Accessories will be key whether you’re turning your new iPad into a laptop replacement or just trying to protect it against daily-life hazards. It’s tempting to turn to Apple’s own accessories -- and in some cases, you should -- but there are slews of other options available that work just as well and are often more affordable. We tested out a bunch of cases, keyboards, styli and more to see which iPad accessories are the best one to get right now.
I’ve always been that person who takes her new smartphone or tablet out of the box and immediately puts it in a case. While some detest hiding the precise industrial design of their new expensive gear, they provide undeniable protection. Apple’s Smart Covers for its various iPads are fine, but they’re overpriced and most of them don’t give your iPad any edge protection. Similar alternatives, some of which do surround the edges of an iPad, are abundant online and I’ve found ProCase and MoKo make some of the best -- even better, they cost a fraction of what Apple’s Smart Cover costs.
If you’re willing to spend a bit more on a case, get something that combines protection and style. Otterbox is an expert in the former, but its Symmetry Series 360 series shows that the company can also handle the latter. Symmetry cases look similar to the Smart Cover, but the clear, scratch-resistant back is sturdy without adding a lot of weight to the iPad and the edge protection is substantial. I also like the extra flap Otterbox added that keeps the screen cover closed and holds the 2nd-generation Apple Pencil to the side of the new iPad Pros. Symmetry Series 360 cases are available for most new iPads, and while expensive at $90, they’re worth it if you want a great balance of protection and style.
A much more affordable alternative is ProCase’s Leather Folio. While ProCase isn’t as well known for protection as Otterbox is, this model has a TPU interior that wraps around most of the iPad’s edges to keep it secure. The TPU lining also surrounds the second-gen Apple Pencil while it magnetically charges against the new iPad Pros, making it one of the more secure cases for those that have the Pencil.
Leather folios will appeal to a certain type of person -- I didn’t think I was that person until I tried this case. Not only is it attractive but it’s practical. It has a pocket on the front flap, three notches on which to prop up the iPad at different viewing angles and an elastic strap that can either keep the folio closed or hold the front flap against the back of the iPad while you’re using it. It’s definitely worth its $18 price tag for those that want a case that’s just as practical as it is professional.
There are two types of people that want keyboards for their iPads: those who just want something more comfortable than the on-screen keyboard for banging out the occasional email, and the second want to use their iPad like a fully-fledged laptop. If you’re part of the first crowd, there are tons of inexpensive Bluetooth keyboards that will do the trick.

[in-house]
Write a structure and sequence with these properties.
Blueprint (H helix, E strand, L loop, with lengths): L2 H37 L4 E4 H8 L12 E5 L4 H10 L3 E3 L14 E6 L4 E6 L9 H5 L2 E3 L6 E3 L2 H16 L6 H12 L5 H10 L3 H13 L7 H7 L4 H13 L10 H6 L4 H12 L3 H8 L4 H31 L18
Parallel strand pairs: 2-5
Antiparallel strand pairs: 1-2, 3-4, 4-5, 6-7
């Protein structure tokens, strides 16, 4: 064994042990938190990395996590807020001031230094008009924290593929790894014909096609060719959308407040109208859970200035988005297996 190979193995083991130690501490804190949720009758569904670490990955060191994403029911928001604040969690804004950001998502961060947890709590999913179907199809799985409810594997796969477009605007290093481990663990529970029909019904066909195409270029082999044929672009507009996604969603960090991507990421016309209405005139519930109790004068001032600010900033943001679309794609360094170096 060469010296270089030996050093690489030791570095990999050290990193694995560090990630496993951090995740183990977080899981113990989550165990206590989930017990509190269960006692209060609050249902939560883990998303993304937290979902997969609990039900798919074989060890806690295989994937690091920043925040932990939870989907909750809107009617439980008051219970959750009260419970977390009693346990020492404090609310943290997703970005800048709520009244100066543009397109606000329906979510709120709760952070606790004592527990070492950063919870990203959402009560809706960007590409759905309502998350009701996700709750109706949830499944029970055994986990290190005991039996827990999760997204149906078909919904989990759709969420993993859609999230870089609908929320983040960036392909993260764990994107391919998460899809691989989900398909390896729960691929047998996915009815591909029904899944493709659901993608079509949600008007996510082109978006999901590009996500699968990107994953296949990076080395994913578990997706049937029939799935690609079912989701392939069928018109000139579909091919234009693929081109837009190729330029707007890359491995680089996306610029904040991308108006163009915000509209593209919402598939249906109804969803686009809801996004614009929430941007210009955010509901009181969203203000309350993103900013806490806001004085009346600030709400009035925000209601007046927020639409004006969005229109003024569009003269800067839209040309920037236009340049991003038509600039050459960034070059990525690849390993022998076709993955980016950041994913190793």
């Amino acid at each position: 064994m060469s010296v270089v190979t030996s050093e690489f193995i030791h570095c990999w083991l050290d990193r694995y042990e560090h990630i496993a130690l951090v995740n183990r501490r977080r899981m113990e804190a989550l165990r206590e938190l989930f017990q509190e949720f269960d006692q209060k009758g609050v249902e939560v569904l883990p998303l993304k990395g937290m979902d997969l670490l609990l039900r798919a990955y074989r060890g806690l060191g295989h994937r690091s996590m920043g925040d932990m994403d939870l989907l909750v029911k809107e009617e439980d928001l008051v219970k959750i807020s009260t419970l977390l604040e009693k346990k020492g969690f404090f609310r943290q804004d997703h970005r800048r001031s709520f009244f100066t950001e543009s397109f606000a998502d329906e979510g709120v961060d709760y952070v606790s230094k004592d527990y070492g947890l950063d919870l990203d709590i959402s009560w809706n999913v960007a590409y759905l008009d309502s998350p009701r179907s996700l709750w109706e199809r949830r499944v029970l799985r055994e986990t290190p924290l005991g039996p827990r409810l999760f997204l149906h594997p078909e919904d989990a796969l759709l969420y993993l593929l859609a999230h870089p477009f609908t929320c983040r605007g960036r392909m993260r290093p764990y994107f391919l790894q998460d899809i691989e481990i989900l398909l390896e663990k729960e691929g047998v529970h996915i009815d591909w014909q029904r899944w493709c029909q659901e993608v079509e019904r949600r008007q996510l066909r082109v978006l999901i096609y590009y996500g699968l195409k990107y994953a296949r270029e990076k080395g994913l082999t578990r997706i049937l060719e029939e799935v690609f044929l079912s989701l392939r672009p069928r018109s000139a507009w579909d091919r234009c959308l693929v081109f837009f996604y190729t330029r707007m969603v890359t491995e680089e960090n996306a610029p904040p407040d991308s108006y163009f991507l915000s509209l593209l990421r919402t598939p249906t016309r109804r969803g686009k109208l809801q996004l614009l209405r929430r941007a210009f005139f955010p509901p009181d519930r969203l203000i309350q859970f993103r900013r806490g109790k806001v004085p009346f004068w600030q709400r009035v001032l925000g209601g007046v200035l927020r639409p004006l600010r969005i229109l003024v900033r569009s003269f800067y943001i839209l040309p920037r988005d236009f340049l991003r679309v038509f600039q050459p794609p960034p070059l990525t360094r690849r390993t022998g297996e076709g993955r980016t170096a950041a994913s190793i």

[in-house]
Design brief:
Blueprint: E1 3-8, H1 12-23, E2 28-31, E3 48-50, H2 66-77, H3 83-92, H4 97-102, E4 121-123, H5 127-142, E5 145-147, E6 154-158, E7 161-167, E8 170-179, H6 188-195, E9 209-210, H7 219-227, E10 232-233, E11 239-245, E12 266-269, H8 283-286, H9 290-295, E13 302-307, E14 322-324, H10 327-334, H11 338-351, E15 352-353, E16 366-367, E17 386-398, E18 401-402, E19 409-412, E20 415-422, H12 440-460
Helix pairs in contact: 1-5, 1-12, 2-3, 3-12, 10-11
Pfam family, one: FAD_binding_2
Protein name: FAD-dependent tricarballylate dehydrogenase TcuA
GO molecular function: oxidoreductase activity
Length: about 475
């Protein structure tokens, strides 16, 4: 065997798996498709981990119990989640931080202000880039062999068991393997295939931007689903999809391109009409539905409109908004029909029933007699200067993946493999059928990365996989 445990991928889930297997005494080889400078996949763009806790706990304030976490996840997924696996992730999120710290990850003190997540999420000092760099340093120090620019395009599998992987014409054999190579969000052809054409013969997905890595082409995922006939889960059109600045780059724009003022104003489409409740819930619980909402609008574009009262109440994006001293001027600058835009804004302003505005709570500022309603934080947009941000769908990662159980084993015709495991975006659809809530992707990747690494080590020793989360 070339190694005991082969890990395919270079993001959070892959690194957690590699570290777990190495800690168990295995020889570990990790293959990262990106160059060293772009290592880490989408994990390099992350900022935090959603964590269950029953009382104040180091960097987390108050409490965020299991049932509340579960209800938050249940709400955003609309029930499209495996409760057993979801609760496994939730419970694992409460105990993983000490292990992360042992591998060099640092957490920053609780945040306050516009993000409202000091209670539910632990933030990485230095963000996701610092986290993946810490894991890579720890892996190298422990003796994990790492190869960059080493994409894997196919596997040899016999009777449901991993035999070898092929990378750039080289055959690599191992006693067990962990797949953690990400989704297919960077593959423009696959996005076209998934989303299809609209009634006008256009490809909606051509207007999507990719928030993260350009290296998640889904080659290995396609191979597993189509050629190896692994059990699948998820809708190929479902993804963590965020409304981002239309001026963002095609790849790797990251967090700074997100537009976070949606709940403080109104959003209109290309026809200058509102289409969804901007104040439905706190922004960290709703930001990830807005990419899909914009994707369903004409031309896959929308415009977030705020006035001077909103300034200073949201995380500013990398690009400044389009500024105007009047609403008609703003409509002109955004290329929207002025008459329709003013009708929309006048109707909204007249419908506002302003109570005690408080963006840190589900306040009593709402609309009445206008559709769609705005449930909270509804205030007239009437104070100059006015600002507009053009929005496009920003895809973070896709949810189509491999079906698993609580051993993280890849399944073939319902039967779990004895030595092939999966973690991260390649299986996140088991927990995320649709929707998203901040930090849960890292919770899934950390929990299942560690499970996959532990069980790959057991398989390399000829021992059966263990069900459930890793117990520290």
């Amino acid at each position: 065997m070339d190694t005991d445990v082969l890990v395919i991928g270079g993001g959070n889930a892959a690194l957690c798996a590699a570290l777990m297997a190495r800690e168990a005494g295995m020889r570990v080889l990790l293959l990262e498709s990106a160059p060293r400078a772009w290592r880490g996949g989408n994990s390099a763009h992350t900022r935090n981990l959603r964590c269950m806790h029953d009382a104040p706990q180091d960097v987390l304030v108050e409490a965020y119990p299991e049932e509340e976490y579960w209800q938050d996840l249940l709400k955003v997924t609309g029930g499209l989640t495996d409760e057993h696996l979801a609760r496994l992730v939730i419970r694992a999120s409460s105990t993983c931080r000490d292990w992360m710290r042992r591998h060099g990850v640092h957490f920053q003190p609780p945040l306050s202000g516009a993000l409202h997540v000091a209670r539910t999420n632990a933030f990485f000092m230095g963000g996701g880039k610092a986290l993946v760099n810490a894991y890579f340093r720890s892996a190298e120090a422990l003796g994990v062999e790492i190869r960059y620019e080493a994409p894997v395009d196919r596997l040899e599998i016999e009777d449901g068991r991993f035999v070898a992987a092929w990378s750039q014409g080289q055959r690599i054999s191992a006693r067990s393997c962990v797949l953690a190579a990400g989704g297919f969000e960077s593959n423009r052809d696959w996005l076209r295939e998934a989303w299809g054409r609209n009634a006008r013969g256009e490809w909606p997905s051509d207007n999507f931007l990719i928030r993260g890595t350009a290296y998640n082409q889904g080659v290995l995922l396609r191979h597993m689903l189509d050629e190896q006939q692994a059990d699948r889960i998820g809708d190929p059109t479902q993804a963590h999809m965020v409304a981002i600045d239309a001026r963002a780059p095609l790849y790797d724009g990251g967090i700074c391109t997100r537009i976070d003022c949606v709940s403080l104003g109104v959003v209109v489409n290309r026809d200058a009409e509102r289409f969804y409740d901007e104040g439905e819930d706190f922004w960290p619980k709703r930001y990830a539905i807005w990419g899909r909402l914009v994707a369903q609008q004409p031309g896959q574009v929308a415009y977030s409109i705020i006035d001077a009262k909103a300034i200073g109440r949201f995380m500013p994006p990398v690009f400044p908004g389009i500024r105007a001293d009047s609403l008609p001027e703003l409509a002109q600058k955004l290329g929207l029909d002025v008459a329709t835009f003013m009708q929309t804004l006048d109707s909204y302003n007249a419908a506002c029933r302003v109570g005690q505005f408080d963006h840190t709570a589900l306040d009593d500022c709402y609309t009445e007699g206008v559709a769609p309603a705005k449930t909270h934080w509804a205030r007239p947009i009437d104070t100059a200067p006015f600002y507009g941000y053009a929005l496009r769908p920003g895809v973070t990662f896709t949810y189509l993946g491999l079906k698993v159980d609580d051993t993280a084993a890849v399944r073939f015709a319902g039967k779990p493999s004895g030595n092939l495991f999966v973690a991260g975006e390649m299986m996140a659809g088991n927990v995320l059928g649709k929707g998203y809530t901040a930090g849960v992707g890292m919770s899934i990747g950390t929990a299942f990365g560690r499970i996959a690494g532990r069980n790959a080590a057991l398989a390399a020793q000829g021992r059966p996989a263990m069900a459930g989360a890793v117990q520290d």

I’m partial to Logitech’s Keys to Go, an ultra-slim keyboard that almost disappears in your bag. It’s without a doubt one of the most portable Bluetooth keyboards you’ll find and it’s not terribly uncomfortable to type on. Yes, the keys have little travel and a bubbly feel to them, but they’ll let you compose a quick email or respond to a message on Facebook much more easily than you could with the touchscreen. I also like that its wipeable fabric prevents spills and dirt from getting inside the keyboard. Plus, at around $50, it won’t break the bank.
If you fall into the second category, there are even more options for you. The most luxurious comes from Apple itself in the Magic Keyboard. The $300 case magnetically attaches to the new iPad Pros and keeps them “floating” above the keyboard and trackpad. Engadget’s Chris Velazco praised the Magic Keyboard for its typing comfort and precise trackpad, but docked it for its limited range of motion. It’s certainly the fanciest keyboard available for the iPad Pros and it’s one to consider if money is no object and you want the most stylish (and possibly most comfortable) keyboard you can buy.
But as far as protection goes, the Magic Keyboard provides basically as much as Apple’s Smart Cover (which isn’t much). If you need something a bit more durable (and don’t want to spend $300), Zagg’s $100 Slim Book Go could do the trick. It keeps things fairly svelte as its name suggests, and it’s actually slightly thinner than one of its top competitors, the $120 Logitech Slim Folio Pro.
Like Logitech’s option, however, the Zagg’s keyboard case adds a bit more weight to the iPad than a basic case does, but that’s to be expected with any keyboard attachment. The weight from the Zagg case comes from its thicker hinge and the sturdy backplate that props the iPad up while you’re typing. That’s actually one of my favorite things about the Slim Book Go -- there’s very little chance of the iPad buckling under pressure or toppling over when it’s propped up in this case, as is often the case with flimsier designs.
Logitech’s Slim Folio Pro, however, is much better if you care about style (the soft-touch finish is comparable to Apple’s own accessories) and I prefer its keys and the flap that holds the Apple Pencil along the side of the iPad. Typing on Zagg’s Slim Book Go is acceptable, but it was more comfortable to use Logitech’s larger, squared-off keys. I also made fewer typing errors when using Logitech’s keyboard. Both keyboard cases charge up via a USB-C port, so you can use the same cable that came with your iPad Pro, and both have backlit keys as well.